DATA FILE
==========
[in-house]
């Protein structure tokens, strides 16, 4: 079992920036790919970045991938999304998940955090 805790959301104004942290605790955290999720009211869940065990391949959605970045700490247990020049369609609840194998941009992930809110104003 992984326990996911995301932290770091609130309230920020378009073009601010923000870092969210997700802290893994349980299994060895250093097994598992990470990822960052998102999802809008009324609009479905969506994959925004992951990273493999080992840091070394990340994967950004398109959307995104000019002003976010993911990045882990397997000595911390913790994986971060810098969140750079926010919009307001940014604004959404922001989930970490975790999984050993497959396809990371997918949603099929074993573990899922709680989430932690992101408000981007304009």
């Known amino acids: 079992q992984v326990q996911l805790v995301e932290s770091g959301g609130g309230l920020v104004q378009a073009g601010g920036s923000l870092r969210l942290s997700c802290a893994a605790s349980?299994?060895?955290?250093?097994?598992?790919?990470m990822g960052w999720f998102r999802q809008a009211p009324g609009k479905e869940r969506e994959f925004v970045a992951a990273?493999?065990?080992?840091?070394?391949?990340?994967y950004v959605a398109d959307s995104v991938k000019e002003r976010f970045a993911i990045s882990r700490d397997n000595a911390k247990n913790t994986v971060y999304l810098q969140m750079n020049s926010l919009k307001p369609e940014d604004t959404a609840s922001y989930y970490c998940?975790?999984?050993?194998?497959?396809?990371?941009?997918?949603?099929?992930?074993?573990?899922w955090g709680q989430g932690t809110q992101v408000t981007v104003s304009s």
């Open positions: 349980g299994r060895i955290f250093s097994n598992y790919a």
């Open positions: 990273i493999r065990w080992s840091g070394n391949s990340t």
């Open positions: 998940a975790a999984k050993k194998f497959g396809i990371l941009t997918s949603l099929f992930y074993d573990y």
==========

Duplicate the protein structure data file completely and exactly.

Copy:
[in-house]
């Protein structure tokens, strides 16, 4: 079992920036790919970045991938999304998940955090 805790959301104004942290605790955290999720009211869940065990391949959605970045700490247990020049369609609840194998941009992930809110104003 992984326990996911995301932290770091609130309230920020378009073009601010923000870092969210997700802290893994349980299994060895250093097994598992990470990822960052998102999802809008009324609009479905969506994959925004992951990273493999080992840091070394990340994967950004398109959307995104000019002003976010993911990045882990397997000595911390913790994986971060810098969140750079926010919009307001940014604004959404922001989930970490975790999984050993497959396809990371997918949603099929074993573990899922709680989430932690992101408000981007304009």
């Known amino acids: 079992q992984v326990q996911l805790v995301e932290s770091g959301g609130g309230l920020v104004q378009a073009g601010g920036s923000l870092r969210l942290s997700c802290a893994a605790s349980?299994?060895?955290?250093?097994?598992?790919?990470m990822g960052w999720f998102r999802q809008a009211p009324g609009k479905e869940r969506e994959f925004v970045a992951a990273?493999?065990?080992?840091?070394?391949?990340?994967y950004v959605a398109d959307s995104v991938k000019e002003r976010f970045a993911i990045s882990r700490d397997n000595a911390k247990n913790t994986v971060y999304l810098q969140m750079n020049s926010l919009k307001p369609e940014d604004t959404a609840s922001y989930y970490c998940?975790?999984?050993?194998?497959?396809?990371?941009?997918?949603?099929?992930?074993?573990?899922w955090g709680q989430g932690t809110q992101v408000t981007v104003s304009s």
């Open positions: 349980g299994r060895i955290f250093s097994n598992y790919a």
């Open positions: 990273i493999r065990w080992s840091g070394n391949s990340t």
């Open positions: 998940a975790a999984k050993k194998f497959g396809i990371l941009t997918s949603l099929f992930y074993d573990y």